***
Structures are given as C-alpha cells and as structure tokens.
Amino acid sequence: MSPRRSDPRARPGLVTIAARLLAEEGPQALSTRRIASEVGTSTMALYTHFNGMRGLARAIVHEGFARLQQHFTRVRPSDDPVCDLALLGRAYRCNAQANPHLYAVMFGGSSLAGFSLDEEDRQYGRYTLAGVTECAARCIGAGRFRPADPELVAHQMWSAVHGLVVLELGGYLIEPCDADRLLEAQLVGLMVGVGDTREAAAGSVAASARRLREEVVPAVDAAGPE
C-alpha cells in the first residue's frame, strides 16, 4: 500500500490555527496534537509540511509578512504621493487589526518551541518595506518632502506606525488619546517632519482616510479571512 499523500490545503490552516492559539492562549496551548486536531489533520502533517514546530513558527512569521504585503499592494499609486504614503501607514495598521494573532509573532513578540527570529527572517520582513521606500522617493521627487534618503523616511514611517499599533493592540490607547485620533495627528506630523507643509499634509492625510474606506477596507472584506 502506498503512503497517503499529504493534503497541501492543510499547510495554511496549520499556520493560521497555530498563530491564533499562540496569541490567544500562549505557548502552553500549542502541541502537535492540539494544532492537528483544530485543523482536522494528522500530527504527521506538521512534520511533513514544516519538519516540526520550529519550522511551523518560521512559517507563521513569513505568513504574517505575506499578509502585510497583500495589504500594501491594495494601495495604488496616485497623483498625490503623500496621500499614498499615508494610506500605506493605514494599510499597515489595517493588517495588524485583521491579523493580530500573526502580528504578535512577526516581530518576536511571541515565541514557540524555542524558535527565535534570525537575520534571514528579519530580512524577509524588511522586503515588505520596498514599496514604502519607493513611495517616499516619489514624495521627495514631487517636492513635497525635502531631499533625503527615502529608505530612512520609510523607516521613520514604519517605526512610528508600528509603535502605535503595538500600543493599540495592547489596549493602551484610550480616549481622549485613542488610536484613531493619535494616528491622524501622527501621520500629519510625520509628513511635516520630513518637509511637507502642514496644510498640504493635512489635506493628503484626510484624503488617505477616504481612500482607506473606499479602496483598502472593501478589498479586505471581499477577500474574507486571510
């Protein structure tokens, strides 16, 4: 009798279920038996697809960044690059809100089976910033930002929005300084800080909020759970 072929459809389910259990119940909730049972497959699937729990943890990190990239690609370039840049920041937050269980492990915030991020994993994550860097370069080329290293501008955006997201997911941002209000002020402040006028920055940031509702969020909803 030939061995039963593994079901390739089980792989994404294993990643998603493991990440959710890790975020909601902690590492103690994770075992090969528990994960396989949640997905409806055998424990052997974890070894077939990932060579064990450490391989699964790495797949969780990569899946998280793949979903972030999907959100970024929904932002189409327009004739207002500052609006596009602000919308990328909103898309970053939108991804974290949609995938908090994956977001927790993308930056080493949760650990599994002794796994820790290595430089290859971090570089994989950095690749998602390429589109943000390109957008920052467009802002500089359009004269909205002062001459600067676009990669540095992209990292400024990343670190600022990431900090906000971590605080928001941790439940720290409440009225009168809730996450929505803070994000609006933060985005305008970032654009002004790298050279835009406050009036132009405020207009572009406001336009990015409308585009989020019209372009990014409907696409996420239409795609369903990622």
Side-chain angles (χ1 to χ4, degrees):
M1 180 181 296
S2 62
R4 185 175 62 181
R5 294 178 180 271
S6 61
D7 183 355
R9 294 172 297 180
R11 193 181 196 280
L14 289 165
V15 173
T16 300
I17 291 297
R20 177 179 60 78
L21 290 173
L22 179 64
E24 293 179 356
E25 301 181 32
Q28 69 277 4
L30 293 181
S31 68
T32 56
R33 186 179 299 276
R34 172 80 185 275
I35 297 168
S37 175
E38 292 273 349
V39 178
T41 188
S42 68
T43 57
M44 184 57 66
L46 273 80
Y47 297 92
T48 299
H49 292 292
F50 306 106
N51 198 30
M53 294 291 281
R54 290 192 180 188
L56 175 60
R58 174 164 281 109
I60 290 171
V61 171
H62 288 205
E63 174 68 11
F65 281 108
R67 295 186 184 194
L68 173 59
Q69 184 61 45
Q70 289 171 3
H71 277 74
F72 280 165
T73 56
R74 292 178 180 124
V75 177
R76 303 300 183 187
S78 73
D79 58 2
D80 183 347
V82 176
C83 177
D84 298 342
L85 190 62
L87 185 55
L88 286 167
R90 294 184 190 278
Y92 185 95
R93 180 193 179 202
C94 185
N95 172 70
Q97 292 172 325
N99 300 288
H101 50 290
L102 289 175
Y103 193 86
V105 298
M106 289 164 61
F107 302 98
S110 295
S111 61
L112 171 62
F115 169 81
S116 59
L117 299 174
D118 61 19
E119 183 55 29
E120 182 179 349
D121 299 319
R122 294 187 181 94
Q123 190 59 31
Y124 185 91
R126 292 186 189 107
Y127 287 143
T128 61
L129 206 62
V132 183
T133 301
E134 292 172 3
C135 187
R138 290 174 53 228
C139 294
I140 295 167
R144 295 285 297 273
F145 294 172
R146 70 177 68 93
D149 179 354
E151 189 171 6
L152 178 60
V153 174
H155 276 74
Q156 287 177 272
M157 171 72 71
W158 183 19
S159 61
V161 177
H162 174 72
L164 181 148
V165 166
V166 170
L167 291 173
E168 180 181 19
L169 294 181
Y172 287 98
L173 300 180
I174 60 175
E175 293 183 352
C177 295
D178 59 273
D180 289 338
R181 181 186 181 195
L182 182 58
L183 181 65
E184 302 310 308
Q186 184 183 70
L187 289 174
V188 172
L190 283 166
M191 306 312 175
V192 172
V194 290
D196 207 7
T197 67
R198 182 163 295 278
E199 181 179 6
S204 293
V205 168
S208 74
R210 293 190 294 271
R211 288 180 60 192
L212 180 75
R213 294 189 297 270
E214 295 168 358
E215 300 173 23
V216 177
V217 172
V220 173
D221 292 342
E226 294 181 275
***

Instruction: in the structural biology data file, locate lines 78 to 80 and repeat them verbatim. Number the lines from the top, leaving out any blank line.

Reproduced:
H101 50 290
L102 289 175
Y103 193 86